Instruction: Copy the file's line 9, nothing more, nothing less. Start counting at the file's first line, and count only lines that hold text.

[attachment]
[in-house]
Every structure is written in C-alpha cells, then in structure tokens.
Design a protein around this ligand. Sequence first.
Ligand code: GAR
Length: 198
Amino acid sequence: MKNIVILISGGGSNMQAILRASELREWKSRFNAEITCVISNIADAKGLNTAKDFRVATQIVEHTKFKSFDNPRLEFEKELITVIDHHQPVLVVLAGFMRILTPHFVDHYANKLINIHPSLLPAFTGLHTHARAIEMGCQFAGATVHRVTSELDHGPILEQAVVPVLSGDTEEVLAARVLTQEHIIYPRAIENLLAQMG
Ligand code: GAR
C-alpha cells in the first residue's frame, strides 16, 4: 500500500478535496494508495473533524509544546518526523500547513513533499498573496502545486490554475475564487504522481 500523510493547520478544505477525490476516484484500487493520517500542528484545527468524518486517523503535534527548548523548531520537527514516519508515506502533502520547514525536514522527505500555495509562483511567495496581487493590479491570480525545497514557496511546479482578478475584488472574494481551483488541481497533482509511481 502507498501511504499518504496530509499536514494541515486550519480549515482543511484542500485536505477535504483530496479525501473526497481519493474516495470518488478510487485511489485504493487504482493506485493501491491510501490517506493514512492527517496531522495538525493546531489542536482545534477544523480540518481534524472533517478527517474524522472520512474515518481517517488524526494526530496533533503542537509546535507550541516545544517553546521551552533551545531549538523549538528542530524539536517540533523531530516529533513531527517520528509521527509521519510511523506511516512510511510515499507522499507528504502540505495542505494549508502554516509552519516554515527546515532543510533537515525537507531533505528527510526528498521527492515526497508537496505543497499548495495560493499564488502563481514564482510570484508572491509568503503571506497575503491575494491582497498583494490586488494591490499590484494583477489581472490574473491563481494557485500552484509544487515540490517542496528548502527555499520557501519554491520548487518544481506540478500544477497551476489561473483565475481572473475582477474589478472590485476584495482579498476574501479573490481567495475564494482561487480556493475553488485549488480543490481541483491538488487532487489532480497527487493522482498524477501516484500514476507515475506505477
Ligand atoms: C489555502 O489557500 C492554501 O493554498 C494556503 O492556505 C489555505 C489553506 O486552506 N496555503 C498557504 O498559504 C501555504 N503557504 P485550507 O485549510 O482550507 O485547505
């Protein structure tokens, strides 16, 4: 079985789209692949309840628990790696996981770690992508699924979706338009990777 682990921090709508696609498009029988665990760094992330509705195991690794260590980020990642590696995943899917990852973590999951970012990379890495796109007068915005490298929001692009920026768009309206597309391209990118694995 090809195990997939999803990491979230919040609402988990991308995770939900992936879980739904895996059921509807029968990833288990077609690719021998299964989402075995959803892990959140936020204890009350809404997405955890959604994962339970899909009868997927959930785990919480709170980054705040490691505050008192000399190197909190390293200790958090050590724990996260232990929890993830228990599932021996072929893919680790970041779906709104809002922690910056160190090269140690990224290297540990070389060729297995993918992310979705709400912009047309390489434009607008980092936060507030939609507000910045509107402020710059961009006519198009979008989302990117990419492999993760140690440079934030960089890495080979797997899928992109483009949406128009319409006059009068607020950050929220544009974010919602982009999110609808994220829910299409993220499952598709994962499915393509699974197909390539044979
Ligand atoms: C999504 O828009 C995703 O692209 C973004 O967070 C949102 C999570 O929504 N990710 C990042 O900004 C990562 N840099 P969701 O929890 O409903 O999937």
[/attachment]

Ligand atoms: C489555502 O489557500 C492554501 O493554498 C494556503 O492556505 C489555505 C489553506 O486552506 N496555503 C498557504 O498559504 C501555504 N503557504 P485550507 O485549510 O482550507 O485547505